Cognitive-based learning is concerned with the various manifestations or types of learning involved in cognitive functioning and development. For example, learning itself is a cognitive process. Identifying and assessing how students learn (cognitive style) and then teaching in a way that favors their learning style is the basis of a cognitive-based learning program.
Adaptive Cognitive-Based Learning
Adaptive cognitive-based learning or to adaptively select learning resources involves adapting rules according to the learning characteristics and cognitive style specific to the preferences of a student. For example, according to the Education Resources of Information Center, the Cognitive Trait Model is a method concerned with determining a learners cognitive characteristics when students navigate through a computer-based information retrieval system designed to approximate their cognitive style.
Problem-based learning is concerned with facilitating learning by working through robust and challenge-driven problems involved in seeking multiple alternatives specific to solutions. For example, students within a learning environment may be put into small groups and asked to work through a case study to form three possible working solutions distinct from each other. Ultimately, students found receptive to this model could have the pace, structure and presentation style of their curriculum reflect their cognitive characteristics.
Constructivist Learning Theory
According to Jean Piaget, children's play, despite seeming aimless and pointless, significantly contributes to a child's cognitive development. Constructivist learning theory involves students learning by constructing new ideas and assimilating new information from their prior knowledge and past experiences. The result ideally leads to the student claiming a sort of ownership and thereby internalizing the new information. Simple examples of this are outlines and mind maps, where information of what is known is acknowledged and acts as the foundation for new incoming information to connect to older information in order of relevance
Pedagogical Learning Theory
Pedagogical learning is concerned with teaching according to cognitive-based learning specific to how children process, learn and assimilate incoming information. For example, the pedagogical-learning model tries to transfer knowledge incrementally and to present subject matter in order of levels of difficulty and current ability. Notable instances reflecting this example is the "golden star" posted next to a young student's achievements, representing a gradual proceeding to the next reading level.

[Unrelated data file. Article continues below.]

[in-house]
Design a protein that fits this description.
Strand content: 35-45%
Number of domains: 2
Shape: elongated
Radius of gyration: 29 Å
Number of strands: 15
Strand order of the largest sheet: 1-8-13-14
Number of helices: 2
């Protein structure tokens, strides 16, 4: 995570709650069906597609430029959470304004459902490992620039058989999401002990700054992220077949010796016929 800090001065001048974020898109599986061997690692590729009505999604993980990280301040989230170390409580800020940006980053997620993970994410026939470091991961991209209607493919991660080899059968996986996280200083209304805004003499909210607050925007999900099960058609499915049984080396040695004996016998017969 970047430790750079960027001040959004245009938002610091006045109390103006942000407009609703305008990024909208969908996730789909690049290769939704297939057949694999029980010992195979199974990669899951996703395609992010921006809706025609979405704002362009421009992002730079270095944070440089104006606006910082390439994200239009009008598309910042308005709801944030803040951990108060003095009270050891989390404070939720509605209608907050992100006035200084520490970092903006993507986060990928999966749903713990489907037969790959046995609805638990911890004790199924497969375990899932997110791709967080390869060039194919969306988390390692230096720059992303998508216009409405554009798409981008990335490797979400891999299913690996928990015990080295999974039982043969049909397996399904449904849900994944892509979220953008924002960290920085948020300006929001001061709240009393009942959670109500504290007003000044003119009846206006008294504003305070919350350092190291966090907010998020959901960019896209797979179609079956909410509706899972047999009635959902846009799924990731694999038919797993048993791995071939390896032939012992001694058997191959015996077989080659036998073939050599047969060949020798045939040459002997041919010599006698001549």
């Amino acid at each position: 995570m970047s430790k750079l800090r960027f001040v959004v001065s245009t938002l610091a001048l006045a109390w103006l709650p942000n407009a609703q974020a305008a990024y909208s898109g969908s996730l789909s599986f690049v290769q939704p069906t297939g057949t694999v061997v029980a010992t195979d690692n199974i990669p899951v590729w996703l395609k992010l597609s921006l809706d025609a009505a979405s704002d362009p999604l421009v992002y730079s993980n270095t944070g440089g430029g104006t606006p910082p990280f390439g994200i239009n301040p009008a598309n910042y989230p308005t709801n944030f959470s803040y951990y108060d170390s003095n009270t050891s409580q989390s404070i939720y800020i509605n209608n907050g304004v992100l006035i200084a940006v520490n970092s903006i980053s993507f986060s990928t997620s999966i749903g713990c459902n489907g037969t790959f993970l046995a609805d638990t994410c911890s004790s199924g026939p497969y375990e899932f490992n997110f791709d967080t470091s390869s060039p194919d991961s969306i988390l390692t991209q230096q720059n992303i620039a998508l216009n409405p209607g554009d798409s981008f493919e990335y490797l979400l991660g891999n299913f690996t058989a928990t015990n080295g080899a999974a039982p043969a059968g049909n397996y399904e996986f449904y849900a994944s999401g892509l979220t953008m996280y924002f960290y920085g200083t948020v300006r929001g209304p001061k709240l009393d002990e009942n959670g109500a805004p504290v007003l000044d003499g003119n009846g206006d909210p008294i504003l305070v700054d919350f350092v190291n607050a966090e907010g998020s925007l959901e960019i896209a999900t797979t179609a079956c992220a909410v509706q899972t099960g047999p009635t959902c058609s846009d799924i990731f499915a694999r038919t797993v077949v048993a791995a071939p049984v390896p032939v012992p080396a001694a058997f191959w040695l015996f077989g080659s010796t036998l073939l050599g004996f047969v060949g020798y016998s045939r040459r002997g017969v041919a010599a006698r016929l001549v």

Andragogical Learning Theory
Cognitive-based learning is concerned with adjusting teaching strategies to the cognitive characteristics particular to how adults learn. For example, an educator implementing a curriculum focused around solutions and real-world problems is a major theme involved in andragogical learning theory. For example, assigning adult students homework involving productivity within a social-conflict-type environment, likely reflects real world problems where any discovered solutions can be directly applied.
How to Apply Piaget's Theory in the Classroom
Jean Piaget was an influential psychologist of the 20th century. Piaget was especially interested in developmental psychology and studied the different ways...
Cognitive Styles Vs. Learning Styles
Cognitive styles and learning styles are important concepts in the study of education. For a time, people used the two terms interchangeably,...
Cognitive Learning Games
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Creative Curriculum Assessment Tool Steps
The Creative Curriculum offers an evidence-based way to teach in the early childhood setting, using the most current research in child development,...
Examples of Cognitive Conflict
Cognitive conflict is the discomfort one feels when his beliefs, values or behaviors contradict one another. For instance, if a person believes...